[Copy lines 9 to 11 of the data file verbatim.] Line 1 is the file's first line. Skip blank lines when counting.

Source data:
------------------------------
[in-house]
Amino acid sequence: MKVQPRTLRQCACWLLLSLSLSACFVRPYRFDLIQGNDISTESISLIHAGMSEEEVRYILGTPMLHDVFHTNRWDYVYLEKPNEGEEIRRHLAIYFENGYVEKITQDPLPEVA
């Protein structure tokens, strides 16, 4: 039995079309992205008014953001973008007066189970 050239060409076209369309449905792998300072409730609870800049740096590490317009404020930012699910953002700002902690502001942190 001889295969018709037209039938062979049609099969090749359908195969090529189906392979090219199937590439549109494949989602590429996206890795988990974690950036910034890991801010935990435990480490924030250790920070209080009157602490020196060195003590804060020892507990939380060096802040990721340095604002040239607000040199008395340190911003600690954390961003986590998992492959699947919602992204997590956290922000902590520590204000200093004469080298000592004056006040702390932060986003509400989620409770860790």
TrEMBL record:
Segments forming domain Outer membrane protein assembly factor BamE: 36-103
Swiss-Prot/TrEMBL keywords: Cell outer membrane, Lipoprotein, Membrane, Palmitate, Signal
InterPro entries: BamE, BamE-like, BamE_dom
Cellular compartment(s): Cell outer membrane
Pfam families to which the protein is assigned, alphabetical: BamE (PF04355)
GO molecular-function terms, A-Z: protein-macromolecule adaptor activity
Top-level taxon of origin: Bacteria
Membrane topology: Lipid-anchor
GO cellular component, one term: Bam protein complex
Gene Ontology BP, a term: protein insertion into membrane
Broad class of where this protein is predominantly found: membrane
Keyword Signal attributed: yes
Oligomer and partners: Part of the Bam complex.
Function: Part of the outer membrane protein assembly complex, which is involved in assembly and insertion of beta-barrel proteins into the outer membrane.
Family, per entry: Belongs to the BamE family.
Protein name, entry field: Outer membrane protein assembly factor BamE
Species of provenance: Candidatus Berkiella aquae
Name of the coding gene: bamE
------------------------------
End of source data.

Pfam families to which the protein is assigned, alphabetical: BamE (PF04355)
GO molecular-function terms, A-Z: protein-macromolecule adaptor activity
Top-level taxon of origin: Bacteria